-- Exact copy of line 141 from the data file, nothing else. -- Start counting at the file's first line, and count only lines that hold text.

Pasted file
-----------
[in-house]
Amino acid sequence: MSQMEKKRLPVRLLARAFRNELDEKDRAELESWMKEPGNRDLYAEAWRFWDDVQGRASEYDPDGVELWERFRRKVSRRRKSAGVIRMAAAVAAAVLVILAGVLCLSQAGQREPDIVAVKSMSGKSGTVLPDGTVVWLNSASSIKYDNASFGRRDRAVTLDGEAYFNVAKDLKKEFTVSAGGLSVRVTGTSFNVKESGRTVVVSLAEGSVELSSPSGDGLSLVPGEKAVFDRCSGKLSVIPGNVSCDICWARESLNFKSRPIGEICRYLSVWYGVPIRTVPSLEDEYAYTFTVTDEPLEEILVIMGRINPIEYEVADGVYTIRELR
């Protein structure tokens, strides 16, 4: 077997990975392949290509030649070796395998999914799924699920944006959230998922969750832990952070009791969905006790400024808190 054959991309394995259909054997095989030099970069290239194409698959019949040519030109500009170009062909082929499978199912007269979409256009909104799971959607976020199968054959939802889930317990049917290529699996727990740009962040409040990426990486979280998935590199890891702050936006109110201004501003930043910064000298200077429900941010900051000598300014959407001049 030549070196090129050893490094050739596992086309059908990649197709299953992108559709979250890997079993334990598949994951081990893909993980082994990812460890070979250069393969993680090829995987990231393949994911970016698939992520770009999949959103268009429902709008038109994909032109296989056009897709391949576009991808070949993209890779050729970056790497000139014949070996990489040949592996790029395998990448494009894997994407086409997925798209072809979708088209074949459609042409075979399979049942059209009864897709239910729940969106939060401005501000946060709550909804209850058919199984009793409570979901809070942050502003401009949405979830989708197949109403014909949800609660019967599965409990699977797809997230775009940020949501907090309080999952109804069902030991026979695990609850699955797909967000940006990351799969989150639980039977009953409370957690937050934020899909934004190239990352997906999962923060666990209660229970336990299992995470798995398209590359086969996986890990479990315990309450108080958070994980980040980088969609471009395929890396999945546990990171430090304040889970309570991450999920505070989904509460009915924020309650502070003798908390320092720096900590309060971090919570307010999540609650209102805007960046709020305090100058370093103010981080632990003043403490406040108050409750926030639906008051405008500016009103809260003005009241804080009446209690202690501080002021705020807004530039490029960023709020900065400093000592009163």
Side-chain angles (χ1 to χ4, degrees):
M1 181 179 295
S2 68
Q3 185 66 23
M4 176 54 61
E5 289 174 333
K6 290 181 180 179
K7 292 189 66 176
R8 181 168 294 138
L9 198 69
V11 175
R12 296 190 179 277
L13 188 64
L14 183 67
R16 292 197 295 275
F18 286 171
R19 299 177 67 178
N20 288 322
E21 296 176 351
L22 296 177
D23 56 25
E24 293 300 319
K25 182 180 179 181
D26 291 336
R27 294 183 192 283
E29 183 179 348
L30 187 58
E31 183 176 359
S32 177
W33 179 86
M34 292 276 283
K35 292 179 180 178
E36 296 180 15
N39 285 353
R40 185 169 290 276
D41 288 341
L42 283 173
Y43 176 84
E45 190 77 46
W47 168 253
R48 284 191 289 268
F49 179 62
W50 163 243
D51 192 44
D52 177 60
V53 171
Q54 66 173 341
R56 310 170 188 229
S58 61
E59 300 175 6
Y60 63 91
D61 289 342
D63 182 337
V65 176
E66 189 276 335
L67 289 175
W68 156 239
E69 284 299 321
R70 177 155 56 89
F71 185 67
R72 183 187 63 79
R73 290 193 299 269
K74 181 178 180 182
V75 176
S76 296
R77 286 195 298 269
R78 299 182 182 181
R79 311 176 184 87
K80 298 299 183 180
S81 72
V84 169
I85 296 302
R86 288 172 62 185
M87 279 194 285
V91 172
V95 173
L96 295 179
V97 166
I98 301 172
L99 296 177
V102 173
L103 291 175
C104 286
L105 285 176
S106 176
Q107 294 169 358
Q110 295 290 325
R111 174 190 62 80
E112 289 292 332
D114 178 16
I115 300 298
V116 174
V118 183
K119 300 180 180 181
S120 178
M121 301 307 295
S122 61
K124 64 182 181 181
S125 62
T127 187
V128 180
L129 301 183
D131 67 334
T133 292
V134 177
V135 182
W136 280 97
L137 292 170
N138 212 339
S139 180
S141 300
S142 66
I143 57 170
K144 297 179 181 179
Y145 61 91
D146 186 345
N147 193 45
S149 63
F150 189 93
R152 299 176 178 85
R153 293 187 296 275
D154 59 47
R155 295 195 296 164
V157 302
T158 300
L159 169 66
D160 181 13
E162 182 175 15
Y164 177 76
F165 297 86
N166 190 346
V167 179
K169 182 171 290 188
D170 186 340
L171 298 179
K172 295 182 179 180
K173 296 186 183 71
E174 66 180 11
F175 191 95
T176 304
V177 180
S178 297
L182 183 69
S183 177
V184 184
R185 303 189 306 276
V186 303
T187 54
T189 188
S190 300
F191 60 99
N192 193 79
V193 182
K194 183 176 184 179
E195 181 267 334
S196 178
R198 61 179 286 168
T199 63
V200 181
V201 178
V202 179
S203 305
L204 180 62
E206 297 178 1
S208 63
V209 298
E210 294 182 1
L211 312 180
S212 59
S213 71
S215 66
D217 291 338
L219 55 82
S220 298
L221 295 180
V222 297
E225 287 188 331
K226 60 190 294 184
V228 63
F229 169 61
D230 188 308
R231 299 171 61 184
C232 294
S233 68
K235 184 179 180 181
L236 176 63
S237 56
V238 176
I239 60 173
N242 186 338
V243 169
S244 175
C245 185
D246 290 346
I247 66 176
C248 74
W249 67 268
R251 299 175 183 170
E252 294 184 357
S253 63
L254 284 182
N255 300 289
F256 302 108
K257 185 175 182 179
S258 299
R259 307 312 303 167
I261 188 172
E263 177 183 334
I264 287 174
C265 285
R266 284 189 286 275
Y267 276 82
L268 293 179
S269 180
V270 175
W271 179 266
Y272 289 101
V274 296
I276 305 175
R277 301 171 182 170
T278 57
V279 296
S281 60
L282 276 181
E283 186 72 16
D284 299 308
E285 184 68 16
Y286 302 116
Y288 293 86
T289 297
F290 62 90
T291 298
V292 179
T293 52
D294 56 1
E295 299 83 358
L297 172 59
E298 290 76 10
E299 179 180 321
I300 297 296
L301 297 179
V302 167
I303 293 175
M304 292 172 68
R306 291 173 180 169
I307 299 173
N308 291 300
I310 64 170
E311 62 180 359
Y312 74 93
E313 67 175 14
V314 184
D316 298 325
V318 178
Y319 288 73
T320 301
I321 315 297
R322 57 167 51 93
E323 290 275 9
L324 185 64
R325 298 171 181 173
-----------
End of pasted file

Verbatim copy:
E174 66 180 11